Twenty-fifth Sunday after Pentecost

November 14, 2021

Summary

Travelling confidently in the landscape

11 And every priest stands daily at his service, offering repeatedly the same sacrifices, which can never take away sins. 12 But when Christ had offered for all time a single sacrifice for sins, he sat down at the right hand of God, 13 waiting from that time until his enemies should be made a footstool for his feet. 14 For by a single offering he has perfected for all time those who are being sanctified.

15 And the Holy Spirit also bears witness to us; for after saying,

16 “This is the covenant that I will make with them

after those days, declares the Lord:

    I will put my laws on their hearts,

and write them on their minds,”

17 then he adds,

               “I will remember their sins and their lawless deeds no more.”

18 Where there is forgiveness of these, there is no longer any offering for sin.

19 Therefore, brothers, since we have confidence to enter the holy places by the blood of Jesus, 20 by the new and living way that he opened for us through the curtain, that is, through his flesh, 21 and since we have a great priest over the house of God, 22 let us draw near with a true heart in full assurance of faith, with our hearts sprinkled clean from an evil conscience and our bodies washed with pure water. 23 Let us hold fast the confession of our hope without wavering, for he who promised is faithful. 24 And let us consider how to stir up one another to love and good works, 25 not neglecting to meet together, as is the habit of some, but encouraging one another, and all the more as you see the Day drawing near. (Hebrews 10:11-25 ESV)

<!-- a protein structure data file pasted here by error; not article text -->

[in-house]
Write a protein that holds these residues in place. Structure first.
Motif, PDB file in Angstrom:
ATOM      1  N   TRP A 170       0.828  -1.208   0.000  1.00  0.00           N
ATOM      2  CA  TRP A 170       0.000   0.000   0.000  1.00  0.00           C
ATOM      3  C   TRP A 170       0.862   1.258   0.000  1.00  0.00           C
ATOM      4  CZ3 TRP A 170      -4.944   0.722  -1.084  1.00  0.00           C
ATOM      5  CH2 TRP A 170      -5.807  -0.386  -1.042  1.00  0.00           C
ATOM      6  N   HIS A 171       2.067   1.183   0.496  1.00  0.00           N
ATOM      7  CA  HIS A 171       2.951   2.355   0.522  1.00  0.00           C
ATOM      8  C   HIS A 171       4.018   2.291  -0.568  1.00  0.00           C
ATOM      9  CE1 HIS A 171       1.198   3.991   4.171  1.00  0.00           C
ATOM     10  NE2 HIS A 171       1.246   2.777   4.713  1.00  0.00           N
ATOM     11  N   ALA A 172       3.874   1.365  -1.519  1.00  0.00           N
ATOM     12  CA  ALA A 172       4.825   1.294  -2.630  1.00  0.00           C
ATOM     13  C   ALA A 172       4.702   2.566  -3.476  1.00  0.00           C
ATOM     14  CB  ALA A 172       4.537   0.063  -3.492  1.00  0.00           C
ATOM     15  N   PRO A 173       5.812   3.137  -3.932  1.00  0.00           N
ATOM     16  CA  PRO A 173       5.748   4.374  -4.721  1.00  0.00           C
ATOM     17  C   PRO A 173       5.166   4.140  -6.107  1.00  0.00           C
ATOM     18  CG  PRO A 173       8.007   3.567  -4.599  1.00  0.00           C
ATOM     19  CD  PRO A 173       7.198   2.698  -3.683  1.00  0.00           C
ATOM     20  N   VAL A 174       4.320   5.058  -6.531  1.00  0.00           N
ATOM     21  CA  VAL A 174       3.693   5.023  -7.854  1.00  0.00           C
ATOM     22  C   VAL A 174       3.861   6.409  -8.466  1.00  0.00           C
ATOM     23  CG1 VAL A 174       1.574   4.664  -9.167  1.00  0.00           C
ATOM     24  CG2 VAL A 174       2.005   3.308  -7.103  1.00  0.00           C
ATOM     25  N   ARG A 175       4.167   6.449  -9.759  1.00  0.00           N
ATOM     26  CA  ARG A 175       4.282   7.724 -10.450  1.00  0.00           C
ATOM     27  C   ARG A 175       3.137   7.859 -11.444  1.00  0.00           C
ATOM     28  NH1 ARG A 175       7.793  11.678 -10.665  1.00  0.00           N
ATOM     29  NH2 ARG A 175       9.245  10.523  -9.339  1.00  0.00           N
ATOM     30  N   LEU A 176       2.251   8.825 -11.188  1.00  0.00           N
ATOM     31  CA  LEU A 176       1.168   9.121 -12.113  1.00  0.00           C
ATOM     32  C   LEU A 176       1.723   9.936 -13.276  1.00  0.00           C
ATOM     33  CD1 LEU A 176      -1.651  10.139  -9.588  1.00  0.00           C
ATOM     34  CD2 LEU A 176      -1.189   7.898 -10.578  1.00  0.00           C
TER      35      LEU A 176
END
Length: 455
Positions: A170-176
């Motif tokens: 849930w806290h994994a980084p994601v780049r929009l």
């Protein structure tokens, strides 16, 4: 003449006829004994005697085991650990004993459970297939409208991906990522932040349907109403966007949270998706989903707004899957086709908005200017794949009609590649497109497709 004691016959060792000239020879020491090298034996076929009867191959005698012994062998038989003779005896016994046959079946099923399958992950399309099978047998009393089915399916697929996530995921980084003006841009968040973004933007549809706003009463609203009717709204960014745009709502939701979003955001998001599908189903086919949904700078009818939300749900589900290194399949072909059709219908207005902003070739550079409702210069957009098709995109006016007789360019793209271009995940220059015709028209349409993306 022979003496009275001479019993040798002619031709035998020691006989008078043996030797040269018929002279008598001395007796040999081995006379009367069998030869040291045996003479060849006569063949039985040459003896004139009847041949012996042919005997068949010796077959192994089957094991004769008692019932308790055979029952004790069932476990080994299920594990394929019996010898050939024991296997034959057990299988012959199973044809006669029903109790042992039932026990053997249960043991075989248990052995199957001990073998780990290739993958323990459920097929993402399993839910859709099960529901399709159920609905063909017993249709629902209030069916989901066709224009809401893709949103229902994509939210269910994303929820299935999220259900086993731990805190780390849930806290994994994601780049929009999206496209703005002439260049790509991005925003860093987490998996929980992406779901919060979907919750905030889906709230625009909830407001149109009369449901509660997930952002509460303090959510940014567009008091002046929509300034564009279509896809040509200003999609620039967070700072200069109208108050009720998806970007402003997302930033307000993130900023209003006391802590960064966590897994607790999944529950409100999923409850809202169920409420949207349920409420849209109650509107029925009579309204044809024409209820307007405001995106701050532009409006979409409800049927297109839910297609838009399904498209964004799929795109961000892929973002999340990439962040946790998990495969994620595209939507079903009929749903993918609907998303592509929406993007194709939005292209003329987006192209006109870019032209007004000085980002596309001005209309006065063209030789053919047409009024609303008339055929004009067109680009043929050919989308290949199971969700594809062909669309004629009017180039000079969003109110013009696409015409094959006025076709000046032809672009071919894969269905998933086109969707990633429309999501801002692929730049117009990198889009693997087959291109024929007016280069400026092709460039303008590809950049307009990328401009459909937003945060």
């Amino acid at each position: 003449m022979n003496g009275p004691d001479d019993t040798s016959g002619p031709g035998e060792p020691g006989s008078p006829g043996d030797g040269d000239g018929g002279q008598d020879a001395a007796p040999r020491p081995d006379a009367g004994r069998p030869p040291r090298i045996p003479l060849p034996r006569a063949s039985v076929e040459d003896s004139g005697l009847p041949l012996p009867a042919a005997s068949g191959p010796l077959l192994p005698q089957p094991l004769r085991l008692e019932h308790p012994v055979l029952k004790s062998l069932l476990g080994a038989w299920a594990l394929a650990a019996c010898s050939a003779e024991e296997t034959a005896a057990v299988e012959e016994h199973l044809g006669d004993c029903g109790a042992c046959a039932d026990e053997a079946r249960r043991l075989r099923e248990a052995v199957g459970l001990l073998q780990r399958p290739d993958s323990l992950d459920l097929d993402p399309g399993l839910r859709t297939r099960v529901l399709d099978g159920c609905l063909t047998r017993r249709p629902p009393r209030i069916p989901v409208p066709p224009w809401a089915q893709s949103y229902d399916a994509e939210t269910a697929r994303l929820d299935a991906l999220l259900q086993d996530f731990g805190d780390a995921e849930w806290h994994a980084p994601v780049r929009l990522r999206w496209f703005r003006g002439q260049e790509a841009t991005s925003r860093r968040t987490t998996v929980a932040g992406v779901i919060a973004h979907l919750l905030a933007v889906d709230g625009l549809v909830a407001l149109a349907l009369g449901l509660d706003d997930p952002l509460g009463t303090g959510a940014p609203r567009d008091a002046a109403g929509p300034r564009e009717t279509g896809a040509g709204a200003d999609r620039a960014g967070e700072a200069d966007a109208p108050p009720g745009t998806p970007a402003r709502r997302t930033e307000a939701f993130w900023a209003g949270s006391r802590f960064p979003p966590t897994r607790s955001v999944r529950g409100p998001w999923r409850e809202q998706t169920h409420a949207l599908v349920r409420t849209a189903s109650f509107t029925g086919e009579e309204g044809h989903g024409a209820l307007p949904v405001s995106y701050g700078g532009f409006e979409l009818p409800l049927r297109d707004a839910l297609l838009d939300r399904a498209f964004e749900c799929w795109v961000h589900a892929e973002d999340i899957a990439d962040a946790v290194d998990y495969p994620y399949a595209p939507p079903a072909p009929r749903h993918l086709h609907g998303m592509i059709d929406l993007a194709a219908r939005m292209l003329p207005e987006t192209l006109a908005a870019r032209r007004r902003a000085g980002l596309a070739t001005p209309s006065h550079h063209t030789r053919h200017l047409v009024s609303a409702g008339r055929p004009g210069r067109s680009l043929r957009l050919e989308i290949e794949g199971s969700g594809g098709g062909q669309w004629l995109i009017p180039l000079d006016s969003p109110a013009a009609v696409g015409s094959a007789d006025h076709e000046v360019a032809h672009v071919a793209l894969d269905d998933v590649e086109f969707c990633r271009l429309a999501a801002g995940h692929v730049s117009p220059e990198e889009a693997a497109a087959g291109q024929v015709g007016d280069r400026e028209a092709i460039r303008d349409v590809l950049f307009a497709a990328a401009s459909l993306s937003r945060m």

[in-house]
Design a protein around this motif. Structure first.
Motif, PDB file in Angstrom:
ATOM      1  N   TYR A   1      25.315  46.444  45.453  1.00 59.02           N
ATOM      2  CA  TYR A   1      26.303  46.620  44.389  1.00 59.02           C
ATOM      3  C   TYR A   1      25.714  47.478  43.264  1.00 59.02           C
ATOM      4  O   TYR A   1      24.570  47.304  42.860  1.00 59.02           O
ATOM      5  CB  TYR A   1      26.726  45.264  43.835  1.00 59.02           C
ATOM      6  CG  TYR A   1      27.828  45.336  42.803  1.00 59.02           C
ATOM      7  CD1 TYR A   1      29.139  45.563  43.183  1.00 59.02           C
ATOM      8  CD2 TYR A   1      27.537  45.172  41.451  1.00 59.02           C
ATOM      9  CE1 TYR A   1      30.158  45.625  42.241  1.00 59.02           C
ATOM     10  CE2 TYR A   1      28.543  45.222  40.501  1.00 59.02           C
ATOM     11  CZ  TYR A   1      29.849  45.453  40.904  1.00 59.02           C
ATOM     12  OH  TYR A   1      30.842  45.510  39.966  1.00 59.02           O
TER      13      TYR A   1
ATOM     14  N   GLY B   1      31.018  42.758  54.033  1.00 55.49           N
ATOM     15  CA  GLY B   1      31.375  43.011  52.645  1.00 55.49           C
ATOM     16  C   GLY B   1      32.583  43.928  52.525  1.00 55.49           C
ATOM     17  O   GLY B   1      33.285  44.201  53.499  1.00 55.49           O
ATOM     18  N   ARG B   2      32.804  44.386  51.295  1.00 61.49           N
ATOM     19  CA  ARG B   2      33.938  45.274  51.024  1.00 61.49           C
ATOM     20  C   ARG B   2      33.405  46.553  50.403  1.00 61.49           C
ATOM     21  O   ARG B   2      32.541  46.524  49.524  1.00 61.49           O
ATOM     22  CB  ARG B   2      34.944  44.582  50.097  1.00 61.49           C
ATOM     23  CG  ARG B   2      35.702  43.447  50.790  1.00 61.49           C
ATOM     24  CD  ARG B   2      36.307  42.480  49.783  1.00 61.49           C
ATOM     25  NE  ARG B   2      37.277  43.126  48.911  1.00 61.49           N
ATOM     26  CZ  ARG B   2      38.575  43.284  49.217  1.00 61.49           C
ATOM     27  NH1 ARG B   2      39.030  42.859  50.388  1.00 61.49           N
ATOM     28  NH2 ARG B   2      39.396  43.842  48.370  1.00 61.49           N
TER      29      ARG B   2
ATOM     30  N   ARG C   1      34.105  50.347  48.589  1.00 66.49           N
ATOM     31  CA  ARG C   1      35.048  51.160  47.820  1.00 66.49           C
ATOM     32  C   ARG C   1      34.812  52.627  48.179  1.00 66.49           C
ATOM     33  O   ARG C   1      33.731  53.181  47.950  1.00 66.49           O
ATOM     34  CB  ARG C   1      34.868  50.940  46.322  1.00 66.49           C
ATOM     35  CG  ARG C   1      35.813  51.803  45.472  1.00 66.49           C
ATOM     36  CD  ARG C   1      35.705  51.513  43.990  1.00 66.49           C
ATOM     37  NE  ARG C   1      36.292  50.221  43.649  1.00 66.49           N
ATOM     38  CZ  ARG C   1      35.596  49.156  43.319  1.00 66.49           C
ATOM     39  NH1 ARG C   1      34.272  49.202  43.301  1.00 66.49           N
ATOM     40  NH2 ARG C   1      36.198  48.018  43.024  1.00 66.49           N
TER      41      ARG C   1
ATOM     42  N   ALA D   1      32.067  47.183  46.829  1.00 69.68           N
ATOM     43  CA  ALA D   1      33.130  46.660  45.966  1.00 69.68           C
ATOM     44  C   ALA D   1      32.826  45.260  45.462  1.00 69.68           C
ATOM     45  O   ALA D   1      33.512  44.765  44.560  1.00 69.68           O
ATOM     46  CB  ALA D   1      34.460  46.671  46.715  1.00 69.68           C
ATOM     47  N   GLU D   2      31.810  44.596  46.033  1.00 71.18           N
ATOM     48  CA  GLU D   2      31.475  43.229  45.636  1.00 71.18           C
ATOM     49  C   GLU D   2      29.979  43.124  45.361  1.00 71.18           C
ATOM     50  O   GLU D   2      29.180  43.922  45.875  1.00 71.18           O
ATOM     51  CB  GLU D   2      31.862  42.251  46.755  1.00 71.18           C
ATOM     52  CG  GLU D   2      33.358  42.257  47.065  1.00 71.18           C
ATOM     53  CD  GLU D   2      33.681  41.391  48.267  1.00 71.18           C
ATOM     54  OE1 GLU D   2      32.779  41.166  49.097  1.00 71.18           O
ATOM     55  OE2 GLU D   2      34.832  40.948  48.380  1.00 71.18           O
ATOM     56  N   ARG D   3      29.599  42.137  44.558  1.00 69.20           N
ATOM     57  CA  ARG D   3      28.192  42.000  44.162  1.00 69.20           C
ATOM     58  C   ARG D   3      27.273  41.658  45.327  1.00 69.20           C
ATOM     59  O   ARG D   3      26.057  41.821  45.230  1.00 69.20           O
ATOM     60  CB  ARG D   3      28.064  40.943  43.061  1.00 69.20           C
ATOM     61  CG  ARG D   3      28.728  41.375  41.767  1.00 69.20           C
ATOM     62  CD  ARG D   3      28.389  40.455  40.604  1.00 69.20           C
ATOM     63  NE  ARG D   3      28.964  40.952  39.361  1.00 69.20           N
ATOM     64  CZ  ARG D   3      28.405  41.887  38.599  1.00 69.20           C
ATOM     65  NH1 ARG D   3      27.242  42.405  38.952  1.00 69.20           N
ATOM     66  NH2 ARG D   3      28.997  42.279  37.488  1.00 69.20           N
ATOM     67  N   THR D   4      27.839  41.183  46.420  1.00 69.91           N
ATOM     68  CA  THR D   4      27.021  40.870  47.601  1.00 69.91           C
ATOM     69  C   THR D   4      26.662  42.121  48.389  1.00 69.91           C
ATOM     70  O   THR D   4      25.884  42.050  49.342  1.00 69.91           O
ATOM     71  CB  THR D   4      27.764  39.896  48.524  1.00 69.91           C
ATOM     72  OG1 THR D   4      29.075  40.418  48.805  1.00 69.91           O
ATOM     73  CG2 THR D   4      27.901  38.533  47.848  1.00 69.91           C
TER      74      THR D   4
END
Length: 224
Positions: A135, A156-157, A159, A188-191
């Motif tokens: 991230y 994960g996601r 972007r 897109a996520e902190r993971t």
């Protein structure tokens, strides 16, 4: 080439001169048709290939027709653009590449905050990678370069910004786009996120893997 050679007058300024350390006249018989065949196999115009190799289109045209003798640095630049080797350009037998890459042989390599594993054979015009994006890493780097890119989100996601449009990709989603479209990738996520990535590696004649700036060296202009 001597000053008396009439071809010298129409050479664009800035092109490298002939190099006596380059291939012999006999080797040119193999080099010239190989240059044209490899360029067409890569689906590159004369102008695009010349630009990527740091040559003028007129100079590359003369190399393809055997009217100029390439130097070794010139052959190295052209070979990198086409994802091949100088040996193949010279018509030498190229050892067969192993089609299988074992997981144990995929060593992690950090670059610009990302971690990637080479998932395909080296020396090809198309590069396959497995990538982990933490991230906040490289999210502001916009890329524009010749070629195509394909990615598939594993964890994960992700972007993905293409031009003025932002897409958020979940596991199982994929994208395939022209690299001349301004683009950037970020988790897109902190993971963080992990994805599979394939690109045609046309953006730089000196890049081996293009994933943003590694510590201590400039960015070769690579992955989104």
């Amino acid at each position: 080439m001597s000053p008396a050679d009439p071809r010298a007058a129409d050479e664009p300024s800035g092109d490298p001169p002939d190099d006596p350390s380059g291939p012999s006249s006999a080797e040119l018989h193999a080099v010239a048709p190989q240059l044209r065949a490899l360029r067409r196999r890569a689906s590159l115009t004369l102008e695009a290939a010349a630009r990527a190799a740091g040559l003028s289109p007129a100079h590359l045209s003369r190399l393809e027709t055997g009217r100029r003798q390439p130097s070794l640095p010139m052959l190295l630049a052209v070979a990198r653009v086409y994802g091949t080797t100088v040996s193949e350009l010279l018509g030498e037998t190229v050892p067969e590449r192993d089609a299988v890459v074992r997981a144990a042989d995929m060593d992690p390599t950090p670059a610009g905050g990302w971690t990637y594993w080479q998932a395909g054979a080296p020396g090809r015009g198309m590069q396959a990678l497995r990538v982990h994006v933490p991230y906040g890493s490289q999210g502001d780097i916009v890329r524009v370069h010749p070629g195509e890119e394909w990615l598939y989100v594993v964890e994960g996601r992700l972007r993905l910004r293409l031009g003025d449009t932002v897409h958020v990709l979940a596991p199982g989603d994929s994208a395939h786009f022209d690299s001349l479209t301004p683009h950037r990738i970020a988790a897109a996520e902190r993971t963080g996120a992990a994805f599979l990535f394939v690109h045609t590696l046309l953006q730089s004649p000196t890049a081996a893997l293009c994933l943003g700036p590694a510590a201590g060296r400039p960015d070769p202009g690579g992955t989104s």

The writer to the Hebrews in our Second Reading draws on the worship imagery and theology of the Levitical priesthood, the sacrifices – remember that parts of the temple were an abattoir with its atmosphere of blood and bodies – and the architecture of the temple precincts with the Holy of Holies, the Holy Place, the altar of burnt offerings all to remind the followers of Jesus that they can have confidence like a priest who knew what rituals to do and what to wear to come into the presence of God. The Jews could imagine what was happening – and the Gentiles less so – as they could only go so far as the Court of the Gentiles – the outer ‘suburbs’ in comparison to the Holy of Holies but what the priests did wasn’t a secret – if they did their jobs properly and faithfully then God would be dwelling with his people to bless them. Only authorised priests, prepared and trained as God had instructed could perform the rituals – and now the writer to the Hebrews says that the followers of Jesus are like them – in the presence of God because of Jesus. Jesus, the true great high priest has fulfilled everything to make it possible for us to regularly, spiritually come right into the presence of God.